PARTIES AGREE ON 3RD PARTY TO ASSESS VALUE OF SHARES IN DISPUTE: VALUER GETS ONE GO ONLY?
Tahilram v Trustees of the Lukamber Trust and Another (845/2020)  ZASCA 173 (9 December 2021)
In shareholders’ agreements, provision is usually made to ensure that on the exit of one shareholder, the remaining participants have a pre-emptive right to purchase the shares that now become available. Putting a value on these shares to determine the purchase price, can be tricky if the relations between them are no longer amiable. A clever way to deal with this could be to appoint a third party (such as an auditor) who will have the final say. Imagine the confusion that will arise if the valuer issues his final determination and then amends it subsequently!
The Court here explained why, in the absence of provisions in the agreement to the contrary, such determination by a third party is final and binding. This holds true for the appointment of valuers in all forms of agreements. Only a review court has the power to interfere. And, taking one’s cue from this, it is sensible to obtain expert legal advice in the drawing of these clauses and agreements.
THINK ‘DEEDS OFFICE’ WHEN YOU SUBDIVIDE OR CONSOLIDATE
Malan v Die Gerhard Labuschagne Familie Trust & Another (Case no 44/2021)  ZASCA 171 (9 December 2021)
Ms N, happy with a recent property purchase from the G Trust, was keen to acquire an additional piece of adjacent land on which there was a flatlet. The whole of the adjacent land belonged to the G Trust which had sold a subdivided portion thereof to Ms N. Thus her agreement with the G Trust included an option to purchase part of the Trust’s remaining land, still to be subdivided. She had in the meantime leased and lived on this part.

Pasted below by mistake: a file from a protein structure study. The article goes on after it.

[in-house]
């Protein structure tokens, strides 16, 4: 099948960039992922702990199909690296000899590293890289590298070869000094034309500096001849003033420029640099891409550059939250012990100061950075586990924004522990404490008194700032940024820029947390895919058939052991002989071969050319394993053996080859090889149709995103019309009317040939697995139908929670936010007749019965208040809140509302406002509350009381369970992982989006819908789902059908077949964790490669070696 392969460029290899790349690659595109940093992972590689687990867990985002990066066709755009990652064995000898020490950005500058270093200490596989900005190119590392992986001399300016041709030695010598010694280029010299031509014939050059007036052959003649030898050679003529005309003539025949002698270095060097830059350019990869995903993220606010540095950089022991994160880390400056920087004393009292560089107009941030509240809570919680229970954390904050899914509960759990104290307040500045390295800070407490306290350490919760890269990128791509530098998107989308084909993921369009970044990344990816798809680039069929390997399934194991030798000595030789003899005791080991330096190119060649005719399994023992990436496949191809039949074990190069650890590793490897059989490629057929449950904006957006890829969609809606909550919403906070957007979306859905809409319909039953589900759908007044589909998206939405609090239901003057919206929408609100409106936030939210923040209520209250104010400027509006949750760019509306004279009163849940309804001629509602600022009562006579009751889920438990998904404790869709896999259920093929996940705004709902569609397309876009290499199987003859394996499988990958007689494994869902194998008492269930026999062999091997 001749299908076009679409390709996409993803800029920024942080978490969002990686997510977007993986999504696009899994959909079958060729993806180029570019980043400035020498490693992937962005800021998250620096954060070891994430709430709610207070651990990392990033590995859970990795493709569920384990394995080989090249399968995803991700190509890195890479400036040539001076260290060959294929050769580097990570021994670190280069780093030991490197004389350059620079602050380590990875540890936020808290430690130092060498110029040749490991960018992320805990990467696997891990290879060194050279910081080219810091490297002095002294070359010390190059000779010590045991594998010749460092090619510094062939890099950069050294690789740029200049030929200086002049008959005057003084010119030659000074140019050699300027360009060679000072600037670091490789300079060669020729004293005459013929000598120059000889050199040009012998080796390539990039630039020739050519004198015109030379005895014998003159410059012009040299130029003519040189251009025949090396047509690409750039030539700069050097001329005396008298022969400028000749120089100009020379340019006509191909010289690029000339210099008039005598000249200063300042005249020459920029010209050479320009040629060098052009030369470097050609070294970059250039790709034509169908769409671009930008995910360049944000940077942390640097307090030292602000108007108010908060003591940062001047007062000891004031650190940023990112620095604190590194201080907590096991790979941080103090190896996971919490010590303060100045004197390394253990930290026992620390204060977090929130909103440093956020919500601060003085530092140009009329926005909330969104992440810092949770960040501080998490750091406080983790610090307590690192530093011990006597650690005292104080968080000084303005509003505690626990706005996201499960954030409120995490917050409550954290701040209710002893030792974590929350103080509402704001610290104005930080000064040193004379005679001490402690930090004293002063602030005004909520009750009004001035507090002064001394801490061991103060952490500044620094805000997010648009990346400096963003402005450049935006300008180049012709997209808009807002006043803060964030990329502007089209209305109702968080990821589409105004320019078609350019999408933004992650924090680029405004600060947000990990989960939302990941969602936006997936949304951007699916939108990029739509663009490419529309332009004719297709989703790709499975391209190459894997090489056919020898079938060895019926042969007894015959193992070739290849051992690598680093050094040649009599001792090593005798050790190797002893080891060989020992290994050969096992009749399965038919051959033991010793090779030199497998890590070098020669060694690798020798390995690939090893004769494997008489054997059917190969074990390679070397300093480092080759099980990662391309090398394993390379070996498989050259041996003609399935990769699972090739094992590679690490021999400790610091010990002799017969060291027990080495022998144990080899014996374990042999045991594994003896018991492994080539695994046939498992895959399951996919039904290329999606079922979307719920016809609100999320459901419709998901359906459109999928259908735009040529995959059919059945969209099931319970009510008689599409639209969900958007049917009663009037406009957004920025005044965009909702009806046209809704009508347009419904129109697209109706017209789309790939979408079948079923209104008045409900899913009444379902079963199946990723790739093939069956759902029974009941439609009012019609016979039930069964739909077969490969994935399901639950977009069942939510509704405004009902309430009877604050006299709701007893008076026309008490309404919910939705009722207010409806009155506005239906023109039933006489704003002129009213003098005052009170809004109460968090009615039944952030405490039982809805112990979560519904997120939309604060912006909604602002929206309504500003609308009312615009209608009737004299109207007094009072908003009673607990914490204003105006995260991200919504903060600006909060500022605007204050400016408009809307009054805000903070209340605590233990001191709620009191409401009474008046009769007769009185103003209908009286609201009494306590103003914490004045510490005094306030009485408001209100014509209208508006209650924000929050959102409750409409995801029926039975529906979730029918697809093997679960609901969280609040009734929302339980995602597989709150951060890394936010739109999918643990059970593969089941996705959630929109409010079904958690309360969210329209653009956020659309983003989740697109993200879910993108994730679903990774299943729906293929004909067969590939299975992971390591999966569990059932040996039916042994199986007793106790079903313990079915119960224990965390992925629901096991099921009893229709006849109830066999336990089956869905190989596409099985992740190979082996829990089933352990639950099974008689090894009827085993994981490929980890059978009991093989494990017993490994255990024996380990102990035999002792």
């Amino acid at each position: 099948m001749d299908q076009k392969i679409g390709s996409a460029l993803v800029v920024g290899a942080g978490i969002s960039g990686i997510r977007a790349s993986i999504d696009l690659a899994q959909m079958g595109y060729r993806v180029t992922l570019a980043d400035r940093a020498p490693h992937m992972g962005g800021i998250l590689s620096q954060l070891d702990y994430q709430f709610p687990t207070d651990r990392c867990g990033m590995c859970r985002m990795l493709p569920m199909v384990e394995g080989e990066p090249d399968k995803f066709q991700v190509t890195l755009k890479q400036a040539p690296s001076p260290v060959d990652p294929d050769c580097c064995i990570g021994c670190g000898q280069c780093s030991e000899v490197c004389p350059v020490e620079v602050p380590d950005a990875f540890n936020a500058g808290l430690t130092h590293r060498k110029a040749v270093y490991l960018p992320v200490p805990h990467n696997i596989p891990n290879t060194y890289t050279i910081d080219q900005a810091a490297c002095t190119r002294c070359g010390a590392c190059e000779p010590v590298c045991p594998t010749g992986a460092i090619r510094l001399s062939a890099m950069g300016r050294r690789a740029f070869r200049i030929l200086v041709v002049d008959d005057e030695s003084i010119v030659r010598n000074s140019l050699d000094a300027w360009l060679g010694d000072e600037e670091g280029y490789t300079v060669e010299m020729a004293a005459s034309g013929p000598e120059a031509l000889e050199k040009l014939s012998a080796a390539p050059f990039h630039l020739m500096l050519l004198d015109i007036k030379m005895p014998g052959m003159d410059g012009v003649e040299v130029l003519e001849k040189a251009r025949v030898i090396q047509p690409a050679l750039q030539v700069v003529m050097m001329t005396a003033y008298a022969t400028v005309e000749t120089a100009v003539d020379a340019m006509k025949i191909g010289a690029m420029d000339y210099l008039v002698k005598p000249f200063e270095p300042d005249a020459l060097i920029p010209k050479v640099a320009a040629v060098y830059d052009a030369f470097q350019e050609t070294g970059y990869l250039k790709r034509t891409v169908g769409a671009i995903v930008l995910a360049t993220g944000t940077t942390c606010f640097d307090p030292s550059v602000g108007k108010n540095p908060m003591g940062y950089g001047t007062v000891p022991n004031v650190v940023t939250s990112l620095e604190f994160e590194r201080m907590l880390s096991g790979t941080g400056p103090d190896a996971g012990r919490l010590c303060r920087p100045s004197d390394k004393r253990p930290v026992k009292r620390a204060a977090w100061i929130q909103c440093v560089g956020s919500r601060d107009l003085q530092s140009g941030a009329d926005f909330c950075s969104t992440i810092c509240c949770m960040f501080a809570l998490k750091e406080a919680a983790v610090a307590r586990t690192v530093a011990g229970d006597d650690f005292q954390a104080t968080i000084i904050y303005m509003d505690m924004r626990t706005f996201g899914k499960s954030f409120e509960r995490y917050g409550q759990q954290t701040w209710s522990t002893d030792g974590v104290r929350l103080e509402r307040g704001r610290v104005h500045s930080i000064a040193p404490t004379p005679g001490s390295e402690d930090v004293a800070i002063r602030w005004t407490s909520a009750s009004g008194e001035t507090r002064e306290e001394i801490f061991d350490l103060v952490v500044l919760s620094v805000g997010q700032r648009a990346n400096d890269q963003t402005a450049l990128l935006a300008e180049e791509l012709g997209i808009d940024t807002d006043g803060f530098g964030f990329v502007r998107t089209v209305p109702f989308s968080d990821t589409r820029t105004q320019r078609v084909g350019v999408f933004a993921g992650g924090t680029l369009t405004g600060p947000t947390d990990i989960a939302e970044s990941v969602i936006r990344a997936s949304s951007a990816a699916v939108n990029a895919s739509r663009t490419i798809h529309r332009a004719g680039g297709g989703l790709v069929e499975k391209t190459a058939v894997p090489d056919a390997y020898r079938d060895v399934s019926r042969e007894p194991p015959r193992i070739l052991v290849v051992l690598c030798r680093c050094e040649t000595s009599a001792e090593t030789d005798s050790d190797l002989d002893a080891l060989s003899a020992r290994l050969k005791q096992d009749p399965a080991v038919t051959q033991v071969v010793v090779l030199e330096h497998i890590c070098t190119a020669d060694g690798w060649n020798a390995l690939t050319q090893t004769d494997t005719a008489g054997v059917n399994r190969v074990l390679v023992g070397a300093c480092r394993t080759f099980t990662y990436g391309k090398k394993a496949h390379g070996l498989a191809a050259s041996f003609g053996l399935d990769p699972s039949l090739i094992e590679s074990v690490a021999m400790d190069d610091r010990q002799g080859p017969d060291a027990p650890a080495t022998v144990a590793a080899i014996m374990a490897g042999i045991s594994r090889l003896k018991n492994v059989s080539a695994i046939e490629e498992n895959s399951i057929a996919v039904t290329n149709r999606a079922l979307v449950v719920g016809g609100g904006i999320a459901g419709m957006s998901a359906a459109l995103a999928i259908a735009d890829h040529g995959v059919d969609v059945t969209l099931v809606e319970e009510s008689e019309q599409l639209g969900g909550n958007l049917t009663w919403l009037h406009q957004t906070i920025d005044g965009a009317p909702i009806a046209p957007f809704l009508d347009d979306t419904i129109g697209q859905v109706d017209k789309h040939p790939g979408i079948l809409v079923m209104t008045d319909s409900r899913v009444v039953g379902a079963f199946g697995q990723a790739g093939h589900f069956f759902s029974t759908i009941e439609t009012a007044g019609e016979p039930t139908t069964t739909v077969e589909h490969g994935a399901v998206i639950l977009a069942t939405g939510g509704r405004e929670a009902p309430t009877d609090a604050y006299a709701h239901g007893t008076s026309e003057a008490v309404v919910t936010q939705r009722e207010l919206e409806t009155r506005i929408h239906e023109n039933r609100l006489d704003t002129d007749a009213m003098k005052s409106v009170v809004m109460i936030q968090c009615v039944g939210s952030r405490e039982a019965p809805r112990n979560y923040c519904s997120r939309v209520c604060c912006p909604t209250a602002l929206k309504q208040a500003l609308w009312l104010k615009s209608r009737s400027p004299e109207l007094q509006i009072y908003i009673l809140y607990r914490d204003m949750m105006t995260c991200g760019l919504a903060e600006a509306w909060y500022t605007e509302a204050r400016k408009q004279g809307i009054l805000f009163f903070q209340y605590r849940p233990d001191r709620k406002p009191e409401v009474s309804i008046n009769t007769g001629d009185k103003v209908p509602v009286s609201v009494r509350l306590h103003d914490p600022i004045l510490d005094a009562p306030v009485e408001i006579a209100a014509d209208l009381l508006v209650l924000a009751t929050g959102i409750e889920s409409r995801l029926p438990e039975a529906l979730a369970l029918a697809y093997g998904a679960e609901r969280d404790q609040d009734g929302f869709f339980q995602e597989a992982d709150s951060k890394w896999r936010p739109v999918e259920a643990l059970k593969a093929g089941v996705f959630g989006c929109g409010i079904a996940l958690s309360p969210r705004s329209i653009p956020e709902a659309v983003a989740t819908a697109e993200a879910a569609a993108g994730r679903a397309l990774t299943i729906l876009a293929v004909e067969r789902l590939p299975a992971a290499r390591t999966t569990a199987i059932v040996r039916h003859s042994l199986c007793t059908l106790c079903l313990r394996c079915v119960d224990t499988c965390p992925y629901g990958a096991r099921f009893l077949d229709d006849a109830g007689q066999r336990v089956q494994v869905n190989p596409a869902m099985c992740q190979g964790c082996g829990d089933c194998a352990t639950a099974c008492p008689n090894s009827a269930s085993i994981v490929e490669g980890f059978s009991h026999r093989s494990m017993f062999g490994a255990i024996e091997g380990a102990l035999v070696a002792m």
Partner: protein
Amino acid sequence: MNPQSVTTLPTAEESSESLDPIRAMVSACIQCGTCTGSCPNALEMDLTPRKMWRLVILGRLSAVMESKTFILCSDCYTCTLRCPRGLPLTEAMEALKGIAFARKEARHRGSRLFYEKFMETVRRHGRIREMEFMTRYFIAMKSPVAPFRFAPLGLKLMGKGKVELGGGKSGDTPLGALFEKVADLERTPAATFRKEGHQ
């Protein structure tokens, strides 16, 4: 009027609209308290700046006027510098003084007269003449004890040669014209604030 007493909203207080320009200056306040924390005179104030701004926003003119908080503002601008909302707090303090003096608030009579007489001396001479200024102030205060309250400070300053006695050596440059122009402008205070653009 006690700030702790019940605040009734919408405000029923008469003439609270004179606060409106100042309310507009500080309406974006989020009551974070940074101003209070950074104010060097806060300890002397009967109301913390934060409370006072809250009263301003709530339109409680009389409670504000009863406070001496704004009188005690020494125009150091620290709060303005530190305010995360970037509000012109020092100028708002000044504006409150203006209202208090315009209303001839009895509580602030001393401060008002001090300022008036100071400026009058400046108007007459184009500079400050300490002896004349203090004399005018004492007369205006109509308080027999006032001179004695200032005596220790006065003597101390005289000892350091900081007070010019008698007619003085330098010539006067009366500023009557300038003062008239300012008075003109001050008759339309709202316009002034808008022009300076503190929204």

A year after taking transfer, she exercised the option and paid for the additional piece of land; she obtained the necessary approval from the Surveyor General’s office to join this additional piece of land with her property, but then left things in limbo. Two years later she is sequestrated and her insolvent estate’s trustee sells the land to Mr M, without knowledge of these dealings in respect of the additional piece of land. Some 10 years later, Mr M – who was also living on the ‘additional’ land which he thought was part of the property he had acquired – is served with an eviction notice from the purchaser of the G Trust’s land.
Sadly, the Court could not assist Mr M in an application for rectification of his title deed or sale agreement, because Ms N never attended to registration of her rights in the deeds office. The judgment summary below explains why this was so and highlights how important it is to procure registration in a deeds office of rights with regard to land.